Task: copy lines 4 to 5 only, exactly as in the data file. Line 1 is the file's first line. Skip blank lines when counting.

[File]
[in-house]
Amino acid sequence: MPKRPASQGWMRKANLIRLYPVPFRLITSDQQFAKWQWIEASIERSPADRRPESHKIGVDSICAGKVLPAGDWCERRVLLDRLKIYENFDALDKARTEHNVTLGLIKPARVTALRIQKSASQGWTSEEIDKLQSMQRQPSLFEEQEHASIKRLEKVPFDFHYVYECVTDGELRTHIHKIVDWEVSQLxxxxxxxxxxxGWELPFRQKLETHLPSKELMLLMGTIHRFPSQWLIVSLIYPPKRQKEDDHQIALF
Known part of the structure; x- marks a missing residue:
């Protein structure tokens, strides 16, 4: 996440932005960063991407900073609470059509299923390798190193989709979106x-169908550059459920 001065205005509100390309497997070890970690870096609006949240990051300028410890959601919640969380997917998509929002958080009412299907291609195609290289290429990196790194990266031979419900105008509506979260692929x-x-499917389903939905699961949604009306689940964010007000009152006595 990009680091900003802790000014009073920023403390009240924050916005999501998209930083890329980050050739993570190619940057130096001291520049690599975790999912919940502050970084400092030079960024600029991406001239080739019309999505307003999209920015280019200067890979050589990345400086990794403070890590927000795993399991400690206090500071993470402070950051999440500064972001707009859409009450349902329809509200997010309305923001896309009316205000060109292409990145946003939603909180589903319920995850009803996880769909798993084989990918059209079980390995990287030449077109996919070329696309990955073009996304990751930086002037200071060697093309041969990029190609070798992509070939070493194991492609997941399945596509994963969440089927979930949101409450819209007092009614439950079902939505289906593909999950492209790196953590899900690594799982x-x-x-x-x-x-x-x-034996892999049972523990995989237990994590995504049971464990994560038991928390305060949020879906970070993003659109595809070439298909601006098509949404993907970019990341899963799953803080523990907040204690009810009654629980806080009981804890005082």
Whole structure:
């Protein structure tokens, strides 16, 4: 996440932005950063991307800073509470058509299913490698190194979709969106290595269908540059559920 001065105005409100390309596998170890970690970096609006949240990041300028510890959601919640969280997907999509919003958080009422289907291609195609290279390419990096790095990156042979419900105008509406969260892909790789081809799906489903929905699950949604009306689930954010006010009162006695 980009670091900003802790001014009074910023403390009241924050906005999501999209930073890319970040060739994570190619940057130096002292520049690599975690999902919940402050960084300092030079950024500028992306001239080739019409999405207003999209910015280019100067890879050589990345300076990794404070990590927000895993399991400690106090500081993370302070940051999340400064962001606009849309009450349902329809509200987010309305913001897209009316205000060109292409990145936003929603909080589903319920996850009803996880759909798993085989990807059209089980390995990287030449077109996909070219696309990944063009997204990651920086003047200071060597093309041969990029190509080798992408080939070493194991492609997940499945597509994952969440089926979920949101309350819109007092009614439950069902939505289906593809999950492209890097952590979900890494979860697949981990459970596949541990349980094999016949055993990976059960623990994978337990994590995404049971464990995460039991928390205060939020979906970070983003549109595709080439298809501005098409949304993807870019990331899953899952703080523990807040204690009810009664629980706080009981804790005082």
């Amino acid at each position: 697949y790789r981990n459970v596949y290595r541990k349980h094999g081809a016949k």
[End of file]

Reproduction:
């Protein structure tokens, strides 16, 4: 996440932005960063991407900073609470059509299923390798190193989709979106x-169908550059459920 001065205005509100390309497997070890970690870096609006949240990051300028410890959601919640969380997917998509929002958080009412299907291609195609290289290429990196790194990266031979419900105008509506979260692929x-x-499917389903939905699961949604009306689940964010007000009152006595 990009680091900003802790000014009073920023403390009240924050916005999501998209930083890329980050050739993570190619940057130096001291520049690599975790999912919940502050970084400092030079960024600029991406001239080739019309999505307003999209920015280019200067890979050589990345400086990794403070890590927000795993399991400690206090500071993470402070950051999440500064972001707009859409009450349902329809509200997010309305923001896309009316205000060109292409990145946003939603909180589903319920995850009803996880769909798993084989990918059209079980390995990287030449077109996919070329696309990955073009996304990751930086002037200071060697093309041969990029190609070798992509070939070493194991492609997941399945596509994963969440089927979930949101409450819209007092009614439950079902939505289906593909999950492209790196953590899900690594799982x-x-x-x-x-x-x-x-034996892999049972523990995989237990994590995504049971464990994560038991928390305060949020879906970070993003659109595809070439298909601006098509949404993907970019990341899963799953803080523990907040204690009810009654629980806080009981804890005082």
Whole structure: